Crowdfunding is the future. One way or another, a crowdfunding bill –whether the current bill, or a wholly separate bill – will make its way through Congress, lowering the hurdles non-accredited investors face when investing in non-public businesses.
While many businesses will continue to use typical SEC exemptions – Reg A or Reg D (Rules 504, 505 and 506) – crowdfunding opens up investment opportunities to the non-accredited masses who seek alternatives to savings accounts and the public markets.
While legions of business owners applaud crowdfunding and the opportunity it presents, particularly in light of limited business credit availability across the board, there are many critics who claim that lessening SEC restrictions will invite and encourage fraud.
Such critics ignore the obvious: investment fraud is already widespread, and the defenses against fraud with any new crowdfunding legislation are the same defenses that prevent fraud now – namely – due diligence and common sense.
One only needs to open their spam folder to find hundreds of investment opportunities for the taking, all of which are fraudulent. Despite obvious fraudulent qualities, there are always unsuspecting people who mistake a crooked deal with the deal of a lifetime. This is nothing new.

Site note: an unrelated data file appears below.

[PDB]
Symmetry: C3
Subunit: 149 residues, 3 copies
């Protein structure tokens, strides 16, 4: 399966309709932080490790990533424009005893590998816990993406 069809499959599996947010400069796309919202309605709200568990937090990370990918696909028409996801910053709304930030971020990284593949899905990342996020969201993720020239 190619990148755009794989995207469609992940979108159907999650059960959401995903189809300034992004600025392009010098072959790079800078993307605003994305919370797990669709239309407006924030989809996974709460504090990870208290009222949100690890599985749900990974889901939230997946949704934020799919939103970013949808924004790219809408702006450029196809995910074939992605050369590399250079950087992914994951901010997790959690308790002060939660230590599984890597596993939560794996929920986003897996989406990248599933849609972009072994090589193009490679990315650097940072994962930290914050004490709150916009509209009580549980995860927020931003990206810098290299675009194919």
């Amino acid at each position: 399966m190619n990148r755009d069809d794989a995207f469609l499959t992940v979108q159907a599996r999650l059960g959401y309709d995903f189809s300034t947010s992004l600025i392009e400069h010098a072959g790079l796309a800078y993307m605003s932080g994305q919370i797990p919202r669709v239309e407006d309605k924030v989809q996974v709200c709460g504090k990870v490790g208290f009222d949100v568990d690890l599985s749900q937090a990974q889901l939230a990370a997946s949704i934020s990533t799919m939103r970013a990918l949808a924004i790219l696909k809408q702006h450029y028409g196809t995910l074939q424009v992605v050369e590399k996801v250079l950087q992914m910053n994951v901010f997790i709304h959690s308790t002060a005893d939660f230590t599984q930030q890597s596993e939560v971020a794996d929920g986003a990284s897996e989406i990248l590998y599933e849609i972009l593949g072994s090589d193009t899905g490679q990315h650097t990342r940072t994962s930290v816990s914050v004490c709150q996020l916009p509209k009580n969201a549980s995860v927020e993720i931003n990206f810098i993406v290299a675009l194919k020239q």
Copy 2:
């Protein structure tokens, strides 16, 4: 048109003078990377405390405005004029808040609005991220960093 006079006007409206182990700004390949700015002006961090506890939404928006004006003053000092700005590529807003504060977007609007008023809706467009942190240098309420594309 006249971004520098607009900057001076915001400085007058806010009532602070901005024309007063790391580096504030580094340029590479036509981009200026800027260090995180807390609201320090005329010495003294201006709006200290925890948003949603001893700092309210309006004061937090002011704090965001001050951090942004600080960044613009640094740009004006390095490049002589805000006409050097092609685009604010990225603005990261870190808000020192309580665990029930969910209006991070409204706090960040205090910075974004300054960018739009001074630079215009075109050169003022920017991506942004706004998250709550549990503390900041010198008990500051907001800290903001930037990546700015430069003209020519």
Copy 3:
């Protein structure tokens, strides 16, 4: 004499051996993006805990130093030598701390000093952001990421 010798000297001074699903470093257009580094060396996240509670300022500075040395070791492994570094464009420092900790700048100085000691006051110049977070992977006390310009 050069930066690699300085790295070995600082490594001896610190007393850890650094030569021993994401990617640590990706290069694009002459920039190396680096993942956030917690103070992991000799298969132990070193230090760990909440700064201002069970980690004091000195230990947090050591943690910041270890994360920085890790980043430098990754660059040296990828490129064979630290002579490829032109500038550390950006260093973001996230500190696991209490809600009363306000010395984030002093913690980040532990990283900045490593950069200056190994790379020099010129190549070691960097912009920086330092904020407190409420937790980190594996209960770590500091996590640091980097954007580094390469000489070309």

PT Barnum is famously credited (The problem too, is that a schemer will attempt securities fraud with or without new legislation. Easing the burdens for businesses to raise capital from non-accredited investors will not turn otherwise upstanding citizens into crooks. Rather, crooks will be crooks, and instead of targeting your spam inbox, they might create a bad, crooked and fraudulent crowdfunding website. Investors must be vigilant in their due diligence review, and use common sense when choosing the businesses with which to invest.
How are these basics, due diligence and common sense, different from the tools of investing today? Obvious answer – they are no different – due diligence and common sense rule the day as they have for hundreds if not thousands of years.
Easy rules of thumb (by no means is this an exhaustive list):
1. Only invest through quality and trustworthy brokers or exchanges;
2. Always utilize an attorney when examining private placement memoranda (PPMs) and other investment documents;
3. If it sounds too good to be true, it is.
Nothing groundbreaking, just the same protections as always, and the advice your parents likely gave you as a kid (save for the hiring of counsel for a PPM part).
Steve Bradford wrote a nice piece whereby he essentially posits that the benefits of crowdfunding outweigh the negatives – read it here.